Carl on his lengthy stay at Wolves so far - and hopes for success to come
As Carl Ikeme himself says, of his time at Wolves so far, “it has been a long journey, but an enjoyable one.”
And it is a journey now set to continue for a good while yet after the popular keeper signed a new two-and-a-half year contract, with a further year’s option.
Like many keepers, Ikeme is one of those who seems to have blossomed with age, particularly when it comes to Wolves.
A host of loan spells in his earlier career, not to mention some fairly lively competition with the other keepers to have graced the Molineux nets, meant he had to wait a long time for a sustained opportunity to show what he could do.
When that arrived, he duly answered the call, and has been the number one choice for almost all of the last four-and-a-half years.
“There have been discussions going on for a while and I am delighted to get it sorted,” says the Birmingham-born 30-year-old.
“I can concentrate on the rest of the season now and my future here at Wolves.
“This is my club, and I always wanted to stay.
“When it gets towards Christmas you do wonder if there will be an agreement but I’ve always been speaking with Kevin and was confident something will get sorted.
“You do worry a little bit and wonder if you might have to move on but I never wanted to move on.
“I have been here since I was 14 or 15 so as soon as I knew the club wanted to do something I was happy and wanted to get it sorted.”
Much water has passed under the bridge since Ikeme signed his first forms as a full-time scholar, wondering just what was to follow, whether he would make it.
He did make it, showing a commitment and dedication to hard work that allowed his goalkeeping talents, and a mentality to emerge stronger from the many obstacles put in his way.
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“I still remember signing here for the first time as a 16-year-old, signing as a scholar at Molineux with everyone else,” he says.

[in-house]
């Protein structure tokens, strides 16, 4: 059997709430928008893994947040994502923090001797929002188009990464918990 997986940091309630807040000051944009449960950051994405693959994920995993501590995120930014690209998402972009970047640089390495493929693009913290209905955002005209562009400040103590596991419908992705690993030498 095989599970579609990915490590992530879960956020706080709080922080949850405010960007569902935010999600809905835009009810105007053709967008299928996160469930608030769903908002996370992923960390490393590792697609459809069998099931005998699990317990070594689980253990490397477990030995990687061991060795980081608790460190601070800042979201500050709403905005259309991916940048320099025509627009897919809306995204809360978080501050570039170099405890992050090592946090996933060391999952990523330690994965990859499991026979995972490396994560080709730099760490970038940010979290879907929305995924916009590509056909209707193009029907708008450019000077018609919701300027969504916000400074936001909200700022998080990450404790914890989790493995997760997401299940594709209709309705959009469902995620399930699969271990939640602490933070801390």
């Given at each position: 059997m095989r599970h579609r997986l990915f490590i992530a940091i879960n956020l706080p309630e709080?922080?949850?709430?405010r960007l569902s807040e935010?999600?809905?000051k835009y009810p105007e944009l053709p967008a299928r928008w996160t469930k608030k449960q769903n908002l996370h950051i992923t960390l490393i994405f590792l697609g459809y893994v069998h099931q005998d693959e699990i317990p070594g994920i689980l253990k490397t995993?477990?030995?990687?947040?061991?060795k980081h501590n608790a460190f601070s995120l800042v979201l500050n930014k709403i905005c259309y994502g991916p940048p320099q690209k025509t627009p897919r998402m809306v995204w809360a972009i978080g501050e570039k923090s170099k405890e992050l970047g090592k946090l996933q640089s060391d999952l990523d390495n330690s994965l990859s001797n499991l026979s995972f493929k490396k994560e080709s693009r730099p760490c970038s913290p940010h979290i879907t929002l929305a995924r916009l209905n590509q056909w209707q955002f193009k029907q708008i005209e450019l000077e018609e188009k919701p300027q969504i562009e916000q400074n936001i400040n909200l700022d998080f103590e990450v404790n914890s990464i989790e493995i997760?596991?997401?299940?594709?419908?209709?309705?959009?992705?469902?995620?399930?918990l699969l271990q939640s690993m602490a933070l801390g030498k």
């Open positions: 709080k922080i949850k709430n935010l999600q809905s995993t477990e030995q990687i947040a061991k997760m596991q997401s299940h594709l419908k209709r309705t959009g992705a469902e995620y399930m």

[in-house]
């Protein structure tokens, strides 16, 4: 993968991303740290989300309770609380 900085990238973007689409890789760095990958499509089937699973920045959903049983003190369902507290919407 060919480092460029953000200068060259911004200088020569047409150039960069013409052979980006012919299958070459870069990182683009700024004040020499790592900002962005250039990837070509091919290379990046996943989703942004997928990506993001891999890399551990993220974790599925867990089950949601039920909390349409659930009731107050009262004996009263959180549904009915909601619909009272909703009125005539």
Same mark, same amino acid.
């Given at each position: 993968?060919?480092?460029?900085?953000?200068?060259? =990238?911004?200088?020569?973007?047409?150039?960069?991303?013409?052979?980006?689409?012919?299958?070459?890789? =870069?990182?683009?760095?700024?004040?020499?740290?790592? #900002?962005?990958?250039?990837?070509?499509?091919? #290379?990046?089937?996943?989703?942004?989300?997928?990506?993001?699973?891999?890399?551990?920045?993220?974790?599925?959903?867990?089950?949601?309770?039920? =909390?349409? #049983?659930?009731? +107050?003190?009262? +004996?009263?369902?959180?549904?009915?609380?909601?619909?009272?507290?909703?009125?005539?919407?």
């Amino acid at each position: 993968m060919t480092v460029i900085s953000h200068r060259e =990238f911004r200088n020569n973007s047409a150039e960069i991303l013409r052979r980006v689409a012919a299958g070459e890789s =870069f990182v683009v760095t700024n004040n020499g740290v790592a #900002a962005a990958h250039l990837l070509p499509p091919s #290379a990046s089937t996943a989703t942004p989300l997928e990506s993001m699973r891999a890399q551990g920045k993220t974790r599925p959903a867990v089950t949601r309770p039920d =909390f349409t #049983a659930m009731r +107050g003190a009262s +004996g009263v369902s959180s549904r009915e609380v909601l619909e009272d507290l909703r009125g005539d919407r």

“That was a big day for me.
“It was a lot different then, and you never know what the future is going to hold!
“In those early days you just think about surviving at the club and then as time goes on you start thinking you can actually do it.
“I am just glad that I have stayed here throughout my career so far.
“I feel like I know the club and I know everyone here.
“It has been a long journey but an enjoyable one.
“I know some people sometimes feel they need to leave a club to have a fresh and new challenge.
“But for me all those challenges are here, and I am looking forward to kicking on.
“How have I survived at Wolves for so long? You don’t get anywhere without working hard.
“That has always been ingrained in me.
“At 16 or 17 I would go in the gym in the evenings and I have always been one who wants to do extra stuff with the goalkeeping coaches.
“I have just always that hunger to keep improving and that has stood me in good stead in the long run.
“Football is about hard work, dedication and the sacrifices that I have made and my Mum and Dad have made in getting me to football as a youngster.
It has all paid off.
“I have had to be patient at times and maybe occasions when I thought I might have to leave because Wolves have always had such strong goalkeepers.
“But I always wanted to number one here.
“You have ups and downs during the years but I have always stayed positive.